Hundreds of thousands of first-time gun owners have bought firearms since the coronavirus pandemic struck in March. Gun stores around the country have been inundated with people who have decided that, given the uncertainty of a national emergency, having the means to defend yourself and your family makes a lot of sense.
One of those businesses that found itself serving scores of people new to gun ownership is the Pioneer Shooting Center in Mount Vernon, New York. The store and range are owned by Michael and Denine Timlin and family matriarch Rita Timlin. Being so close to New York City, they found themselves selling guns to a lot of people who had never fired a gun before and were clamoring for basic safety and training information.
While the state’s shutdown order kept them closed, the store continued to sell guns online. They also delivered guns to those who had ordered them before the shutdown order.
Pioneer manager Cesar Pinero gave Facetime and Zoom lessons to customers. He taught first-timers the basics of firearms safety, how to store and handle their gun and give them tips on basic use. The virtual training wasn’t ideal, but it was better than nothing.
Then New York Governor Andrew Cuomo announced that businesses like Pioneer’s indoor range could open starting May 15. The Timlins and Pinero made plans to serve their customers in the safest manner possible, both on the range and in the retail area. Customers are seen by appointment only. Strict social distancing is observed with masks, hand sanitizer and gloves available for everyone.
But then Cuomo changed his mind. Repeatedly. May 15 was pushed to the middle of June. Then back to May 30. With all the uncertainty, though, the demand for basic firearms training was huge. Pioneer had been getting calls from people as far away as Albany — almost 150 miles — because so many ranges around the state have been forced to close permanently due to the shutdown’s devastating financial effects.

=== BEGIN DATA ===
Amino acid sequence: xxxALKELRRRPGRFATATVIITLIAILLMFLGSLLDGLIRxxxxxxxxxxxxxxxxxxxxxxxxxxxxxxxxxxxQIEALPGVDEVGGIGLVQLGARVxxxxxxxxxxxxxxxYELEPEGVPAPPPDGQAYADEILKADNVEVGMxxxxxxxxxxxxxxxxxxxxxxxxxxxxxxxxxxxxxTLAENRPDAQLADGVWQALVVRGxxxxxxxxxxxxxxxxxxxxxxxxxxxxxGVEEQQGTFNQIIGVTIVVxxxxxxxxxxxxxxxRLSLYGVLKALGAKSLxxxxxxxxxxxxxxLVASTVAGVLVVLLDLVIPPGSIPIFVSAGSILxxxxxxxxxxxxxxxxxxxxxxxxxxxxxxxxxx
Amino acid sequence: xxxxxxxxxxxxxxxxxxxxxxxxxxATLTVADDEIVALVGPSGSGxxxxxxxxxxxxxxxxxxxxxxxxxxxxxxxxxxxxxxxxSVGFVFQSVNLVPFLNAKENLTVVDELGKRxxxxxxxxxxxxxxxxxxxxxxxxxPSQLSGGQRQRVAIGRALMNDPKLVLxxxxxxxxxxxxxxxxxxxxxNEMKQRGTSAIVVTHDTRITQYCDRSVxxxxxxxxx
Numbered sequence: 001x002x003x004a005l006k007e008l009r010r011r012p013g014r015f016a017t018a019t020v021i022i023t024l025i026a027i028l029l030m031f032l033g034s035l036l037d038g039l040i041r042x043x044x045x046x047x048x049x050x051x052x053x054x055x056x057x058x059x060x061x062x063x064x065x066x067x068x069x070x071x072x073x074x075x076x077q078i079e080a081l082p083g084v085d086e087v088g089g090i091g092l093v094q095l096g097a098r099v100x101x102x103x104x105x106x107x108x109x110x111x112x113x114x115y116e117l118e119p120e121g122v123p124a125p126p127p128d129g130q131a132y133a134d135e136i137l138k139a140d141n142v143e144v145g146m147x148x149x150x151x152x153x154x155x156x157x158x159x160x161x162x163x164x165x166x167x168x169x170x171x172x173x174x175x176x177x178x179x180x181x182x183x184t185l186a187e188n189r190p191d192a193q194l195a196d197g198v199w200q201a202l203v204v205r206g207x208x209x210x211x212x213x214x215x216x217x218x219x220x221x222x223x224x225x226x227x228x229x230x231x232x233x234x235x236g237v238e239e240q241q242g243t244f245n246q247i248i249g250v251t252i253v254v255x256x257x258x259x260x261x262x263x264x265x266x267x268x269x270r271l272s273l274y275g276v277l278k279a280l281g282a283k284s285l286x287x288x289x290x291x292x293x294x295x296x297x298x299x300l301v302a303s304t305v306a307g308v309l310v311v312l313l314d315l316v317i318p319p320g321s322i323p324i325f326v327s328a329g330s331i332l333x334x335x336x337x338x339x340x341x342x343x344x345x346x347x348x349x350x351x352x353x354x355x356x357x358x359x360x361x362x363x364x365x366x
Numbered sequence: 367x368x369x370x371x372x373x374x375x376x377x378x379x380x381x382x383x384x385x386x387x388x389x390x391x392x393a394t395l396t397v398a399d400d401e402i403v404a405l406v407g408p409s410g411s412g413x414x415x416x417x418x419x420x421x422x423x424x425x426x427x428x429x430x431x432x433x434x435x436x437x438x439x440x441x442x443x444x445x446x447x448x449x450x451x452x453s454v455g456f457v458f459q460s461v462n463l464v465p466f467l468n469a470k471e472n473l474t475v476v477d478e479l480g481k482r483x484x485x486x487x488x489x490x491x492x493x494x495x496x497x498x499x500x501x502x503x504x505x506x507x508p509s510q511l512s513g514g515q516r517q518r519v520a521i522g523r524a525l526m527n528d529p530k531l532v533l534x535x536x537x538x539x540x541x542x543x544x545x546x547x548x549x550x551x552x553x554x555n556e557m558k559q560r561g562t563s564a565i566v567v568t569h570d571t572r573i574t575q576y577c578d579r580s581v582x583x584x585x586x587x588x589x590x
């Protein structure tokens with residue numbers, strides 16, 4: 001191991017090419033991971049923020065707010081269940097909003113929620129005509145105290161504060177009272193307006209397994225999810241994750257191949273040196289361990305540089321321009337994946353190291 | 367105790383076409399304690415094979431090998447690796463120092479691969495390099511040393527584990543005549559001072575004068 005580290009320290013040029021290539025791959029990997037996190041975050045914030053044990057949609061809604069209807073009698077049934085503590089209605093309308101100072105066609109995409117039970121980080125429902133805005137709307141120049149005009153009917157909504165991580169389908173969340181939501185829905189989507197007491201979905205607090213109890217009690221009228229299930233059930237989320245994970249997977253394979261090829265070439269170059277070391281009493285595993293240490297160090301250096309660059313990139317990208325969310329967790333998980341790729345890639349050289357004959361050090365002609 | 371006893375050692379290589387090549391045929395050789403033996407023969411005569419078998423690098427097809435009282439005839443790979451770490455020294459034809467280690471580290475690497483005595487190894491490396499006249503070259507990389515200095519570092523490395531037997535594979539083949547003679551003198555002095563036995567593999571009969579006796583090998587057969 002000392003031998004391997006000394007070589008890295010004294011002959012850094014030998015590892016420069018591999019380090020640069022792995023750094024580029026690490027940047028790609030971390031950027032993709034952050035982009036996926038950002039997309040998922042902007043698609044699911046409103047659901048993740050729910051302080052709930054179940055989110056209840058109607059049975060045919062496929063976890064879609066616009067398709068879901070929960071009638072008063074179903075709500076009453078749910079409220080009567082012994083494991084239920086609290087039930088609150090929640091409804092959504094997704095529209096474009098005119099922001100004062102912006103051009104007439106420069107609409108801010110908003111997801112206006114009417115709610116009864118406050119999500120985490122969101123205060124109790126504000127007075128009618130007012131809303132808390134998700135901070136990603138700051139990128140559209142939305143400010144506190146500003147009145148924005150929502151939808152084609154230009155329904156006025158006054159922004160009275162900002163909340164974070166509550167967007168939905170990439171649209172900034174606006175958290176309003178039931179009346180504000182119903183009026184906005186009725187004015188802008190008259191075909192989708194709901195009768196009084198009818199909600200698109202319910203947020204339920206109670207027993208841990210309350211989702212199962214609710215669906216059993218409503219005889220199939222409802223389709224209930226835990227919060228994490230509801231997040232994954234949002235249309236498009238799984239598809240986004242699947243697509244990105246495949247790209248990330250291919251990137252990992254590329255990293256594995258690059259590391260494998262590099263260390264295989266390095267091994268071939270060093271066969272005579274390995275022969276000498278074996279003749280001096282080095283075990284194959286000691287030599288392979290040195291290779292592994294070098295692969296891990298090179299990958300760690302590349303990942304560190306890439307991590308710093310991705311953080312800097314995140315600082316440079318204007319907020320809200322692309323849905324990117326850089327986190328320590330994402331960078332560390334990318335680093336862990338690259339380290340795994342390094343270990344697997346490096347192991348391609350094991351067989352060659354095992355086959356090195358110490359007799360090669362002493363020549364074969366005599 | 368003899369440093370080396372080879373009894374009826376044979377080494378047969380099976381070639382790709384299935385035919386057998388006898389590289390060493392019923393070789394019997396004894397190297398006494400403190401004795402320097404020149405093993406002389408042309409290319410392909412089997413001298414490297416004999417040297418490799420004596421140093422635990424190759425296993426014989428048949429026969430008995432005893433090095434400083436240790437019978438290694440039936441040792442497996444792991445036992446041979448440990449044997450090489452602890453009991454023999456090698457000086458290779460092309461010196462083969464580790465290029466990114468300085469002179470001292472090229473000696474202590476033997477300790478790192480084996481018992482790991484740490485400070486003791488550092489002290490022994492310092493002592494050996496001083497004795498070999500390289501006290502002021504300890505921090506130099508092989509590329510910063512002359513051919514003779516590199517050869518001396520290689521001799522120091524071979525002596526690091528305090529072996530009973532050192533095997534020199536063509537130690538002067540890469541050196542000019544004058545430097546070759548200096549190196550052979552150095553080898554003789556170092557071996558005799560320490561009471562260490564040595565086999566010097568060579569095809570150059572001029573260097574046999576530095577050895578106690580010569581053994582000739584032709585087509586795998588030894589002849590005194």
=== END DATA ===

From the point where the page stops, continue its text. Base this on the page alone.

Pioneer — which owns its own facility — made the decision to move ahead and open as of yesterday. They brought in Rob Pincus of I.C.E. Training and scheduled training sessions to meet the demands of their customers.
The primary goal was making sure that the first-time gun buyers they’d been seeing had access to basic, professional safety and proficiency training.
Pincus and Pinero made a lot of changes to accommodate the new safety procedures. As Pincus told us, that meant . . .
…reduced class size, reduced duration, shorter lectures, mandatory masks, hand sanitizer during each reload break and coming/going from range. I wear gloves and change the set anytime I touch a student or their gear.
Pinero and Pioneer took every possible precaution for the first classes yesterday.
We have a physician who has been directly involved in the coronavirus response here and he was consulted ahead of time on the protocols and gave a thumbs up (he’s also taking the class).
Again, technically, the range wasn’t cleared to be open yet. The store is still only open to deliver firearms that buyers had ordered before the shutdown or online. And then only by appointment. They’re still not serving walk-in customers. But as Pincus said,
These two sessions were definitely legitimate training courses, but they were also experiments and political protests at the same.
Pincus and Pioneer’s management intend to share the protocols they with other ranges as best practices to follow as they open.
Mark Walters interviewed Pincus on his Armed American Radio show about the training sessions yesterday.